Naparima College top students – No substitute for hard work

The content originally appeared on: Trinidad and Tobago Newsday

Principal of Naparima College Roger Ali, left, presents a trophy to Malique Auguste for his academic success at the school’s prize giving ceremony on October 19. – Photo courtesy Malique Auguste

If you work hard, you will reap the rewards, as proved by Naparima College students Malique Auguste and Mathieu Beharry, who both made it onto the CXC merit lists.

Auguste, 19, from Couva, placed third in the Caribbean in building and mechanical engineering drawing (BMED) (mechanical) Unit II and fourth in Unit I in the Caribbean Advanced Proficiency Examination (CAPE), and is very happy about his achievement.

In addition to BMED, he also did physics, chemistry, pure maths and Caribbean studies.

He told Sunday Newsday he unexpectedly got on the merit list last year for BMED Unit I but repeated the subject in order to be more competitive for a scholarship. As a result, he was not surprised when he saw his name again.

For Unit II, getting on the list was one of his goals. And since he worked hard, not accomplishing that would have been disappointing.

“Everybody is very happy and proud, very supportive. My mom told me she was jumping up when she read it,” he said.

Auguste admitted he had some challenges with time management, since BMED was an extra subject and he had several extra-curricular activities.

He said his BMED classes were usually on evenings and Saturdays. Plus, the class entailed a design project which turned out to be more complicated than anticipated. He was also a head prefect, so he had to manage the prefect body. He participated in school oratory competitions, in projects as a child rights ambassador with the Ministry of Gender and Child Affairs, was the vice president of the NGO Youth in Action, and continued to update his website, CXC Prep,, where he analysed Caribbean Secondary Education Certificate (CSEC) and CAPE past papers to assist students with their studies.

“The main method I used to get through it all was timetabling and scheduling what I had to do. I planned out how I was going to learn depending on the syllabus so I knew what I had to cover on a certain day.

“It can be a challenge to stick to it, especially when there are things out of your control that pop up and you have to miss a day. Then you need to pick back up that work you missed.”

At the moment he is on a gap year, working while he prepares to attend university to study either engineering or computer science. He plans to apply to several universities in the US and Canada, and ones which accept him will determine his course.

“If I get through to do computer science, I would most likely have more flexibility to do a double major. I’d like to double major in some sort of social science like policy, so when I come back to Trinidad, I could help work on issues and use technology to help further solutions to those issues.”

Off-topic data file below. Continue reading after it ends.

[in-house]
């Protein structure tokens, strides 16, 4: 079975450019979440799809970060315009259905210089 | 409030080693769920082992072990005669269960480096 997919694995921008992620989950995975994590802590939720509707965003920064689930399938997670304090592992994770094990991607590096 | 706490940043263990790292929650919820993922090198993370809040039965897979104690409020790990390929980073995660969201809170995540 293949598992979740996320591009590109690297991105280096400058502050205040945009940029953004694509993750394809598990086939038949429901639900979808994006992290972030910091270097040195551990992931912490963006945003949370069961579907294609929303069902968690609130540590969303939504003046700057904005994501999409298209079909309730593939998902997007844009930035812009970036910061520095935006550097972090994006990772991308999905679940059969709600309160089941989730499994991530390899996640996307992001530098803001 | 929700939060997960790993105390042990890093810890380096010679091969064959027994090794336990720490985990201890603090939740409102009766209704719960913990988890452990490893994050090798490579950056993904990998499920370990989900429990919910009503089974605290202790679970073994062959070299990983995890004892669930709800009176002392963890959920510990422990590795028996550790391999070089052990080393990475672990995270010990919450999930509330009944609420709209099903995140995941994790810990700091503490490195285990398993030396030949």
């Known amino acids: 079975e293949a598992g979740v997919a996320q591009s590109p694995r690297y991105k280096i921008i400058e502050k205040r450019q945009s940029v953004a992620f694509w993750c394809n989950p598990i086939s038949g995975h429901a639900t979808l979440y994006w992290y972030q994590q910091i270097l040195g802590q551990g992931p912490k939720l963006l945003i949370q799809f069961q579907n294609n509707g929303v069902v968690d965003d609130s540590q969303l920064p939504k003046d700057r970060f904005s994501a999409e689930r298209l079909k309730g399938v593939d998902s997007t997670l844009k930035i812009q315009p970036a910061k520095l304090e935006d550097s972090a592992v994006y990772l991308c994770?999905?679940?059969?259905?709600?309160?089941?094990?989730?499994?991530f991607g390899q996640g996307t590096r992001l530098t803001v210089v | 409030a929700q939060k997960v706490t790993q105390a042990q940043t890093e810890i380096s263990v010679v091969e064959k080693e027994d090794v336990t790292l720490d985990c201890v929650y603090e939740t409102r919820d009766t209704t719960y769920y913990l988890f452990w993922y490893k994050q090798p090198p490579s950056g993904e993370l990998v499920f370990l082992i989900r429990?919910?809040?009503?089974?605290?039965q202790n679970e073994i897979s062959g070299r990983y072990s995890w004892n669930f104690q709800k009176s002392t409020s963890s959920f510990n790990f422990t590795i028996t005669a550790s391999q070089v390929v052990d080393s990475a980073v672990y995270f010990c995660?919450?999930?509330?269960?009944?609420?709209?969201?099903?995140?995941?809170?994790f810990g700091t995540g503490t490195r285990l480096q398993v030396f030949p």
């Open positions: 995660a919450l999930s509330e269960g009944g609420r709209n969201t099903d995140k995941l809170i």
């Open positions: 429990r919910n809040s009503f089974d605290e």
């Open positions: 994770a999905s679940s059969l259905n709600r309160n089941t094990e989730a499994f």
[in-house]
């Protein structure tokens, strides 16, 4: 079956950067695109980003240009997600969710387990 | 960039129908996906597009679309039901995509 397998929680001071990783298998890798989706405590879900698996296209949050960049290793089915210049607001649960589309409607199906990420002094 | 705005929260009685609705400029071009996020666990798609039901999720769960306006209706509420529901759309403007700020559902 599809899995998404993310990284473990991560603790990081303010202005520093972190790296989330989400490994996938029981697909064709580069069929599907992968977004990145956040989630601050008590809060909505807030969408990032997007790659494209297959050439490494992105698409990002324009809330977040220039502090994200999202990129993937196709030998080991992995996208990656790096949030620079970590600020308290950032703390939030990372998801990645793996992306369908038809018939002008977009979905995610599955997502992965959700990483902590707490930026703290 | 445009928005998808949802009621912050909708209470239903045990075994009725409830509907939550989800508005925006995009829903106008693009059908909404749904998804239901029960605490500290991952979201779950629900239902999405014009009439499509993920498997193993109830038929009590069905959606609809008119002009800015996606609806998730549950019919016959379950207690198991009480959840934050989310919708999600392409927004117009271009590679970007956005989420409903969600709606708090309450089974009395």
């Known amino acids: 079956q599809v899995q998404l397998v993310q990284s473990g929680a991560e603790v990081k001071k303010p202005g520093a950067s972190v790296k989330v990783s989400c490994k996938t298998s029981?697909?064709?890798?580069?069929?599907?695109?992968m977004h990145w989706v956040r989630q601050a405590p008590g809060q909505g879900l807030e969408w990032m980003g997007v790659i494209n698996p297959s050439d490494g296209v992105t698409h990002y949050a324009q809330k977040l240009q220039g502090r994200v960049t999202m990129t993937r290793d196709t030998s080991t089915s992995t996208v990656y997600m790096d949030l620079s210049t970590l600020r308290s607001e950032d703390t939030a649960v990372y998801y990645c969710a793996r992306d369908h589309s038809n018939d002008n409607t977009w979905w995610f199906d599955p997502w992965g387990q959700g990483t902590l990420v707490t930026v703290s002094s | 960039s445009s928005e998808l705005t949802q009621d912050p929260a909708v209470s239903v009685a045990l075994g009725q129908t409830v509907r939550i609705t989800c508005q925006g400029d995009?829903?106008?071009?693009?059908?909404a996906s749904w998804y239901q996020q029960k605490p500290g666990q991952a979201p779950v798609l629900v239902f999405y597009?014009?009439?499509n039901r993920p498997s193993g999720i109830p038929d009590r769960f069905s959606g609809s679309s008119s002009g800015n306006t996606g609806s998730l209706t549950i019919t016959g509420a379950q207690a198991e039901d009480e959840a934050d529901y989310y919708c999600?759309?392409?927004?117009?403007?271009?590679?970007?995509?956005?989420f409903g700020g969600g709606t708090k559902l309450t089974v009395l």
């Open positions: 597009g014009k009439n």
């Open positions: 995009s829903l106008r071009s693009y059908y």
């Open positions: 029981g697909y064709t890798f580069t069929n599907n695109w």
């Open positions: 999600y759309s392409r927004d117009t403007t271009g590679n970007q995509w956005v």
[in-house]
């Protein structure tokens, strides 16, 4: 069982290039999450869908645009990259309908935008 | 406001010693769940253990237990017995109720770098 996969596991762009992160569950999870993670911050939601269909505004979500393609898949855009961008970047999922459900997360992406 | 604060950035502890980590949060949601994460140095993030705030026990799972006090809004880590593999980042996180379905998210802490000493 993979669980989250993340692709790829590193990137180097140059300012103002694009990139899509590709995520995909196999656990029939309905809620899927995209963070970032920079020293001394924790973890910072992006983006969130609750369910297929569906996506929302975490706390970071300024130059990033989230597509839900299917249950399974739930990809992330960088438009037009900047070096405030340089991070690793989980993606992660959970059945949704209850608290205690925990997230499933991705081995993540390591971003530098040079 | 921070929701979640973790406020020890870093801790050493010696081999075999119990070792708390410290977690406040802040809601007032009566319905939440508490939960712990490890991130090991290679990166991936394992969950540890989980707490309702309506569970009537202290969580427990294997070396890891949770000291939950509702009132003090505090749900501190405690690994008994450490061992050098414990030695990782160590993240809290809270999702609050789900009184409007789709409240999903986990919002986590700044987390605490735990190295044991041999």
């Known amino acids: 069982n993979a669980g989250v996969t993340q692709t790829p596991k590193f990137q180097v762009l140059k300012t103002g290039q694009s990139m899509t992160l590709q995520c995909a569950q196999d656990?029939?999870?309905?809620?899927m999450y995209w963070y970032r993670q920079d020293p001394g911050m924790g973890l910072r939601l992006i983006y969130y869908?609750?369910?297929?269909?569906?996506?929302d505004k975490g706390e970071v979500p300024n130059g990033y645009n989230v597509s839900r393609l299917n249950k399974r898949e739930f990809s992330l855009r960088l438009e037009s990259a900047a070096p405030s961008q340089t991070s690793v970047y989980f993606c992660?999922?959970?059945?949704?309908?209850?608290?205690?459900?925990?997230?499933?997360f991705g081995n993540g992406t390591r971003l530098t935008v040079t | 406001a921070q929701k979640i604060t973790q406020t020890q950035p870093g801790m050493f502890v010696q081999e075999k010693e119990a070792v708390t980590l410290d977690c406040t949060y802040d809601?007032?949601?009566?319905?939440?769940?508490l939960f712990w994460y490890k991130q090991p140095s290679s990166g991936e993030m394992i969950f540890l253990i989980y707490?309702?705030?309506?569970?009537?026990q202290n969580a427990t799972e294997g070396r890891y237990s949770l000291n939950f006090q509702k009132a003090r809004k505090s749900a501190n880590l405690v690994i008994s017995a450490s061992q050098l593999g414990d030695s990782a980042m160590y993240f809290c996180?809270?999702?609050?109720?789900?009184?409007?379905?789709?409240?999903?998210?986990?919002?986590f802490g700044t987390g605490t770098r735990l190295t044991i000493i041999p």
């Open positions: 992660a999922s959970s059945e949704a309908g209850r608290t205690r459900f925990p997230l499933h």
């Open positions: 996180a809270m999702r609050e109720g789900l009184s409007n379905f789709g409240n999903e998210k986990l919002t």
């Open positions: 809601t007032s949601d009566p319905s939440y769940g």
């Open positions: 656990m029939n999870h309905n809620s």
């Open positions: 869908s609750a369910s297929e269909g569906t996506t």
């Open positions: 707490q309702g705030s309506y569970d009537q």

If he got into a university with a good engineering programme, he said he would not be able to do a double major, as those programmes were usually very rigorous. He would still like to work on issues that affect people, but would have to take another route to do so.

“When I was a child rights ambassador I was exposed to public policy and humanitarian efforts. It’s something I think I enjoy doing and I want to continue with that in TT.”

Mathieu Beharry, 17, placed fourth in the CSEC Principles of Accounts in the June exam. – Photo courtesy Mathieu Beharry

Beharry, on the other hand, had a clear career goal in mind as he wants to be a doctor.

But he put a lot of effort into studying for his CSEC Principles of Accounts (POA) exam and placed fourth in the Caribbean.

The 17-year-old Gasparillo resident said his accomplishment was not really a shock, because he put a lot of hard work and dedication into the subject and was, in fact, aiming to be one of the top ten students.

“I’m a science student, so for me to rank in POA required me to put in more effort because my focus is on the sciences. In life I want to open my own medical practice, so I thought POA would be a good financial backing for that plan.

“Now, at the CAPE level, I’m studying chemistry, biology and pure math and I’m hoping to get an open scholarship to study medicine in the (United) States.”

With nine CSEC subjects to study for, he said it was a challenge to stay motivated and focused and apply himself in POA, even though he was always strong in the subject. Thankfully, he had the support of his family and friends, who talked him through any negative feelings.

Also, he said his teachers provided him with a lot of resources, such as notes and practice questions, to help him improve.

In addition, he was one of the 13 students identified by the Ministry of Education for their outstanding performance in CXC examinations.

Speaking of the mention, Beharry said, “It was a surreal feeling to know my hard work and consistency paid off and was recognised.”